Wednesday, December 5, 2007


Fans of the video game franchise Hitman are probably the primary target for the movie Hitman (2007). However, it does offer some entertainment value even for people like me who have never played the game.

Hitman starts out with standard fare...a variety of children are shown being given strict, rigid training that turns them into cold, calculating, and efficient killers. He echoes scenes from the short-lived Dark Angel series, particularly with the scene where barcodes are tattood onto the heads of each kid.

Then it flashes to Agent Mike Whittier (Dougray Scott) as he arrives home. The music in this scene is interesting as it strongly echoes the Bourne franchise music in moments when Jason Bourne (Matt Damon) is about to do something based on his training as a specialized, renamed killer for hire by a secret governmental agency...of course, that might be expected since in Hitman the title character is trained to be a specialized, renamed killer for higher by a secret religious agency so referencing a highly successful franchise is not a mad move here.

Inside he faces Agent 47 (Timothy Olyphant), the grown-up version of, one presumes, the child we saw get his dome inked up earlier. Agent 47 asks Mike the key and when does a good man decide to kill? Then the movie flashes back 3 months to show one of his hits.

Mike also appears in that scene, which takes place in Africa. Mike works for Interpol and is tracking "our guy" who, naturally, will turn out to be Agent 47. He is convinced the Africa hit is the work of his ghost, his unseen assassin who Mike is sure has made over 100 hits.

Meanwhile, Agent 47 gets another assignment...kill Mikhail Belicoff (Ulrich Thomsen), the newly turned moderate President of Russia. However, against his normal protocol, he is ordered to make the hit in public. Agent 47 likes the low profile work as it allows him to stay hidden.

Before he can leave Russia he is told there was a witness and is told to hit Nika Boronina (Olga Kurylenko). However, when he approaches her, she does not recognize him and he realizes he has been set up. Just in time a random passerby comes between him and the guy sent to kill him, taking the bullet meant for Agent 47. He escapes into the crowd.

Then he is told he missed his first hit, that Belicoff is still alive. This sets in motion a chain of events as he is chased by The Organization (the group that trained him) who are trying to kill him, Mike and Jenkins (Michael Offei) of Interpol for being a killer, and Yuri Marklov (Robert Knepper) of the FSB, the Russian intelligence arm, to kill Nika for knowing why Belicoff hired his own assassination, and Agent 47 for now knowing the truth.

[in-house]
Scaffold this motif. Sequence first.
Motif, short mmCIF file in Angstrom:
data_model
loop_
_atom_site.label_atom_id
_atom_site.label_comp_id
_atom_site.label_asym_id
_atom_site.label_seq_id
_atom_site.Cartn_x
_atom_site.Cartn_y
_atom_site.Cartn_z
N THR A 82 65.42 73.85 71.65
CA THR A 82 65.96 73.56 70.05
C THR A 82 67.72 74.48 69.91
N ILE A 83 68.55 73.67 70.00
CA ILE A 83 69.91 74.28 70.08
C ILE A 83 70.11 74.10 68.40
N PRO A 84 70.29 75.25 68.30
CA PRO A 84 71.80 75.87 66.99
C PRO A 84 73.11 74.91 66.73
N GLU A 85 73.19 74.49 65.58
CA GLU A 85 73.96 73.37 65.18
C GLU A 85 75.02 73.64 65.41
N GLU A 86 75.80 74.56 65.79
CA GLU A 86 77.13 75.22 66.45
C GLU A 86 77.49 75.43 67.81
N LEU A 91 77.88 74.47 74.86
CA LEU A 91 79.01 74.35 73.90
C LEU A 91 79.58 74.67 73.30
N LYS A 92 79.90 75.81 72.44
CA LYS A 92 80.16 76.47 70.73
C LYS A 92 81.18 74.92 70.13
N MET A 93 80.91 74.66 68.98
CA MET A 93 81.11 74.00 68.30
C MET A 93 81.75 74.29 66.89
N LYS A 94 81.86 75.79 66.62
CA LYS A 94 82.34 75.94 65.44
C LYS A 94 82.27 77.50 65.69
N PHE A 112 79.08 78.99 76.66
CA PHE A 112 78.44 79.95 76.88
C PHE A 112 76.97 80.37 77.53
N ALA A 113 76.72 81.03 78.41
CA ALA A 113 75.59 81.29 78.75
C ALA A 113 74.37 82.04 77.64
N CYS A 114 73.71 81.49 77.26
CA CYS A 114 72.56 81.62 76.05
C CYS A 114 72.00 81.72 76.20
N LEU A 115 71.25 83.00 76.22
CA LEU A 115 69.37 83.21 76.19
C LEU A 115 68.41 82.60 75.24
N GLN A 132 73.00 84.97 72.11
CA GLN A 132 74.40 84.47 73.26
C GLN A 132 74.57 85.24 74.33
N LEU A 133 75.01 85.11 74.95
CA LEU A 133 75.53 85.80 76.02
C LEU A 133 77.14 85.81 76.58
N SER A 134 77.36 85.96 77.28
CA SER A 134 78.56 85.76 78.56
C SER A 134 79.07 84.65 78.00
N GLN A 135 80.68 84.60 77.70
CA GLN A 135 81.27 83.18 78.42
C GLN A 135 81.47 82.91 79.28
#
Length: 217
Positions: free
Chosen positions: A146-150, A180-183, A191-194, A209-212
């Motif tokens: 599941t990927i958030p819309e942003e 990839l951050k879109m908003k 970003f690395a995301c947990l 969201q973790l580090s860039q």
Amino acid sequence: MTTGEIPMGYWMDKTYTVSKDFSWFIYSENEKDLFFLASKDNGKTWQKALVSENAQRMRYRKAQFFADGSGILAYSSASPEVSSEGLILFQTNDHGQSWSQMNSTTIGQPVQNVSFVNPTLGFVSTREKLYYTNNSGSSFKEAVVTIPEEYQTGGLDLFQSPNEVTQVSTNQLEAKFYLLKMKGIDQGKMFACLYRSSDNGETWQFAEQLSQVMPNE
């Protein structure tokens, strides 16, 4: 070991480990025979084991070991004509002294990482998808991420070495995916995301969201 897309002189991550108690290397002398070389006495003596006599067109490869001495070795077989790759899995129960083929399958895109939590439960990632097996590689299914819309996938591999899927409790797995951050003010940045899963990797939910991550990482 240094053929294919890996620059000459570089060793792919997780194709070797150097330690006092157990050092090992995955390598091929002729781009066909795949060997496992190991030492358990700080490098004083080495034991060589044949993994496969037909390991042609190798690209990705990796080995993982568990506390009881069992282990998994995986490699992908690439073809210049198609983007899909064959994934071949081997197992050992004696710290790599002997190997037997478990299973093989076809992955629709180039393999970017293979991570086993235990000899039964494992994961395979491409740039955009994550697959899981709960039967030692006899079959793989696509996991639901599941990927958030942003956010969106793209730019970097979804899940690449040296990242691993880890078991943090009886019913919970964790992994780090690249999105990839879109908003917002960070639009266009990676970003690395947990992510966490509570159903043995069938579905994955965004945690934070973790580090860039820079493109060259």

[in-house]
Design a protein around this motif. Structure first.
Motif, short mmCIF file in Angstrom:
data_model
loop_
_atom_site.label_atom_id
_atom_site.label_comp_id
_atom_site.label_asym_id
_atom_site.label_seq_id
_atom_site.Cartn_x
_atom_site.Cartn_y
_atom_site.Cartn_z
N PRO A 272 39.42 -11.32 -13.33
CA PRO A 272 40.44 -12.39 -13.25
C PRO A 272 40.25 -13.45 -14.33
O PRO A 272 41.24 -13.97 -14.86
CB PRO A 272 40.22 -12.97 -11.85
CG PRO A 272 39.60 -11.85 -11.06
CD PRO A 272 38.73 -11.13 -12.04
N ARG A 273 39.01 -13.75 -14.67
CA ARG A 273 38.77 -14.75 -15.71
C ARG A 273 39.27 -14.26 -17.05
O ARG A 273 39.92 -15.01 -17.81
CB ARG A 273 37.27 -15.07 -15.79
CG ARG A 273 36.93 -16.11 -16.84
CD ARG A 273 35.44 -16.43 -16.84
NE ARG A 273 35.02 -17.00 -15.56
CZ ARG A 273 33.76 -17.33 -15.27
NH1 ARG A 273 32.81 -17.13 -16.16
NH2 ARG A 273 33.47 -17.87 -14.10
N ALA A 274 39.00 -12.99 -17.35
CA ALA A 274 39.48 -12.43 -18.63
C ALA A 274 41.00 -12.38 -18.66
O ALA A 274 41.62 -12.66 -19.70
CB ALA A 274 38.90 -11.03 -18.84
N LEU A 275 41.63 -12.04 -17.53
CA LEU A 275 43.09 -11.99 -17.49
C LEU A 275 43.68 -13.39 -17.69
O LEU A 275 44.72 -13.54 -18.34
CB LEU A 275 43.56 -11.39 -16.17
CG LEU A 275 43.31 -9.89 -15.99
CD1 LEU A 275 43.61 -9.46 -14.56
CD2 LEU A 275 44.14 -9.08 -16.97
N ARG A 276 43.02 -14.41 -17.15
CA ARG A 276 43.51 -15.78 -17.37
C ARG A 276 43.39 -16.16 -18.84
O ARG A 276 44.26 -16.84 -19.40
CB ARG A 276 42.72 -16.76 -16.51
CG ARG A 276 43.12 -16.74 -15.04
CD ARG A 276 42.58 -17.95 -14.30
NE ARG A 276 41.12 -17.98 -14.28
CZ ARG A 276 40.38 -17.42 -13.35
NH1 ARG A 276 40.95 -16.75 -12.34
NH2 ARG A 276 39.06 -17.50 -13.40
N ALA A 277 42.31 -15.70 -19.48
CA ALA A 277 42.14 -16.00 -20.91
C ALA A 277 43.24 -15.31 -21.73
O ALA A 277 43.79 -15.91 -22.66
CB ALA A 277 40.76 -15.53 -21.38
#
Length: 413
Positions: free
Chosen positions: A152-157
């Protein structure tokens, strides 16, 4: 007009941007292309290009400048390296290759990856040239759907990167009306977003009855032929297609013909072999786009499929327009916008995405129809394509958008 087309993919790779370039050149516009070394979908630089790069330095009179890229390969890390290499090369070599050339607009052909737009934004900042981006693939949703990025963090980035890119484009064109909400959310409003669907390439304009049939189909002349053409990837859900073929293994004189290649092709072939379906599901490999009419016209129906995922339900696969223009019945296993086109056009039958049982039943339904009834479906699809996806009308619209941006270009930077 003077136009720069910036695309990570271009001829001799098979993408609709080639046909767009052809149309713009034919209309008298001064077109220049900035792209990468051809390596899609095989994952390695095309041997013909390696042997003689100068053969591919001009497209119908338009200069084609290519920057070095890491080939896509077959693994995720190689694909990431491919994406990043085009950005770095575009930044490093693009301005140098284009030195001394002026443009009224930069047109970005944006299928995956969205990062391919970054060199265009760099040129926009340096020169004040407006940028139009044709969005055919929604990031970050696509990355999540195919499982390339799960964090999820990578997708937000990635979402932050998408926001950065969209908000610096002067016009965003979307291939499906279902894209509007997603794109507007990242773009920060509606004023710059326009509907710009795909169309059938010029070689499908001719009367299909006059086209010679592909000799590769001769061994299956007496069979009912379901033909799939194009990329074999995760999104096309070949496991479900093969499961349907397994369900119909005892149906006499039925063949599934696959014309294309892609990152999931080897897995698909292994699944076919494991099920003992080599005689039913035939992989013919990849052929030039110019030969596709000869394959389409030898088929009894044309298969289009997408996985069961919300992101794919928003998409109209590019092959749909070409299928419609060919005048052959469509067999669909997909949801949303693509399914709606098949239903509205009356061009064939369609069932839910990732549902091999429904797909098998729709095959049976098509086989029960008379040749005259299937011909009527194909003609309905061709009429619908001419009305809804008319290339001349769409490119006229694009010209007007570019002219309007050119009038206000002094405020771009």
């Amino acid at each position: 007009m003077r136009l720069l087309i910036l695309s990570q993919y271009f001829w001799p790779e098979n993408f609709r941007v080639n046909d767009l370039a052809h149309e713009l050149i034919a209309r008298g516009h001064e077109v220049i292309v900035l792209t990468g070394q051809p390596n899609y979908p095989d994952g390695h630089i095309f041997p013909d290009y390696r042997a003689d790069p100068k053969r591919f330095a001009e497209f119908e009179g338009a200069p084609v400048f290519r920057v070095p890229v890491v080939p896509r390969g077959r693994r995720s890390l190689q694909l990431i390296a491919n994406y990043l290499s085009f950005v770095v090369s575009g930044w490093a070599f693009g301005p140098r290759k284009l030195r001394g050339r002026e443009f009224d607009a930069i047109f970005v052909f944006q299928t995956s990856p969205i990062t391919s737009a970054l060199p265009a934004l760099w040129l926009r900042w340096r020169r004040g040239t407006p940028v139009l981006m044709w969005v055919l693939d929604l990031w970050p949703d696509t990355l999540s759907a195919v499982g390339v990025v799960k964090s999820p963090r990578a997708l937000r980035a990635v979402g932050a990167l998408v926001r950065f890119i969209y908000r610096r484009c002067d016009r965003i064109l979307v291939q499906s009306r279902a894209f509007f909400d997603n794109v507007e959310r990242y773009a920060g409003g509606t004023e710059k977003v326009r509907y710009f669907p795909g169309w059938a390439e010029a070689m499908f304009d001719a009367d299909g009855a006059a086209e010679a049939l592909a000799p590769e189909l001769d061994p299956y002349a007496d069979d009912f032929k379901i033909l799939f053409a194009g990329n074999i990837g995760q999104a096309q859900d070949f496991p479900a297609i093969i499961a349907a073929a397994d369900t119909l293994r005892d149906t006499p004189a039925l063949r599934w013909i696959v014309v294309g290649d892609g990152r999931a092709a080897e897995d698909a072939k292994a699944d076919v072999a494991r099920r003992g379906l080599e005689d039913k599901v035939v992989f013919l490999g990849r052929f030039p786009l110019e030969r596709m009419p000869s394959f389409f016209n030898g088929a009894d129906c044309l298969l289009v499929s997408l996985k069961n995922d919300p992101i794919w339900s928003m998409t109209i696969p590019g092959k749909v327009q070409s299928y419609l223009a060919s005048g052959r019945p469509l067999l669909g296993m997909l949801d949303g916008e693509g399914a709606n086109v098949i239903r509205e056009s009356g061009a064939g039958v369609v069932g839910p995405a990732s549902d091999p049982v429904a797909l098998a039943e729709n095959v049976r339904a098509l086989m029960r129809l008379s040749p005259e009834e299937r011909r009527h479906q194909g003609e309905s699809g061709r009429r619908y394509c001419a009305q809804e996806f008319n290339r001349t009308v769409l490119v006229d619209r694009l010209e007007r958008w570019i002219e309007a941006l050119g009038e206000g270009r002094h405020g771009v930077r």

Inter-faction arguments between INTERPOL, the FSB, and in a tertiary role the CIA lead to chases, fights, killings, and basically turn it into a road fight picture.

In the end Agent 47 unravels the mystery, gets the girl...maybe...and convinces Mike to play off another assassin Agent 47 has killed as being the target of his hunt so Agent 47 can disappear in safety.

The acting is interesting. Agent 47 is a deliberately cold, unemotional, unfeeling character. However, for those who have not followed the video game franchise, this makes him hard to get involved with. Nika's roll seems to be to show lots of skin and try to seduce Agent 47 at 10 - 15 minute intervals, albeit unsuccessfully. Mike and Yuri have excellent rapport and byplay that really steals the movie.

But this is not a movie about acting, it is about shooting and sword-fighting, and spectacular, convoluted plans to kill bad guys. And for that, it does just fine.

It was a bit disconcerting in one scene between Agent 47 and Nika where her ridiculous dragon tattoo jumps from left cheek to right cheek and back. The scene was clearly shot at two different times as her make-up and skin texture change as well. There are other continuity issues, but this was the most jarring.

Overall, it was pretty good for what it was...popcorn fare based on a popular game. The storyline was better than expected, though it had huge, gaping holes that seem to have been left alone since there is no reasonable explanation...they simply provided a thin excuse for great heaps of violence. For example...why does the Organization elect to pursue Agent 47? In the confrontation between 4 Organization assassins and Agent 47, why do they point their guns at each other, then only fight Agent 47? Once the Russians have been killed, why is an assassin still sent after Nika? It is pointless.

Be that as it may, leave the questions at home, just sit back and enjoy the violence.

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